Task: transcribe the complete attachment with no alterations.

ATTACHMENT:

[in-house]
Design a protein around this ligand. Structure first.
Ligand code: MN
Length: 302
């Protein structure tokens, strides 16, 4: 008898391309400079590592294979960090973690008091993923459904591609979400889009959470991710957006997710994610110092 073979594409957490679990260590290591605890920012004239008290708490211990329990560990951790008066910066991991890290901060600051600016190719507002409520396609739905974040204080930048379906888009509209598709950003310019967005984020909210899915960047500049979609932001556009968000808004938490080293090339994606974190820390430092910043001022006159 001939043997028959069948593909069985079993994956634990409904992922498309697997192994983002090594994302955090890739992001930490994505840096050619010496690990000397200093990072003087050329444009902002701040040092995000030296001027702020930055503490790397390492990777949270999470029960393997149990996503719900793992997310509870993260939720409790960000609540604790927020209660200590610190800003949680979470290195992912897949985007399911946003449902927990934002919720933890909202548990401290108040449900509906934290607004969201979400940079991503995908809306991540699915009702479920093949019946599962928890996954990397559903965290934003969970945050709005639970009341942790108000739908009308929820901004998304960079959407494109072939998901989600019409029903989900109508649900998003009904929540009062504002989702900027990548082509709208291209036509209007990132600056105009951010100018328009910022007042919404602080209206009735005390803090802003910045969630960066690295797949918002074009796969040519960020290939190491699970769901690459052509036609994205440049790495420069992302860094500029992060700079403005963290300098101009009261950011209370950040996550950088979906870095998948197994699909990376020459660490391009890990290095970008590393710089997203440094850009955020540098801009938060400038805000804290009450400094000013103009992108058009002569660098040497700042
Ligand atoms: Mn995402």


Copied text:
[in-house]
Design a protein around this ligand. Structure first.
Ligand code: MN
Length: 302
């Protein structure tokens, strides 16, 4: 008898391309400079590592294979960090973690008091993923459904591609979400889009959470991710957006997710994610110092 073979594409957490679990260590290591605890920012004239008290708490211990329990560990951790008066910066991991890290901060600051600016190719507002409520396609739905974040204080930048379906888009509209598709950003310019967005984020909210899915960047500049979609932001556009968000808004938490080293090339994606974190820390430092910043001022006159 001939043997028959069948593909069985079993994956634990409904992922498309697997192994983002090594994302955090890739992001930490994505840096050619010496690990000397200093990072003087050329444009902002701040040092995000030296001027702020930055503490790397390492990777949270999470029960393997149990996503719900793992997310509870993260939720409790960000609540604790927020209660200590610190800003949680979470290195992912897949985007399911946003449902927990934002919720933890909202548990401290108040449900509906934290607004969201979400940079991503995908809306991540699915009702479920093949019946599962928890996954990397559903965290934003969970945050709005639970009341942790108000739908009308929820901004998304960079959407494109072939998901989600019409029903989900109508649900998003009904929540009062504002989702900027990548082509709208291209036509209007990132600056105009951010100018328009910022007042919404602080209206009735005390803090802003910045969630960066690295797949918002074009796969040519960020290939190491699970769901690459052509036609994205440049790495420069992302860094500029992060700079403005963290300098101009009261950011209370950040996550950088979906870095998948197994699909990376020459660490391009890990290095970008590393710089997203440094850009955020540098801009938060400038805000804290009450400094000013103009992108058009002569660098040497700042
Ligand atoms: Mn995402």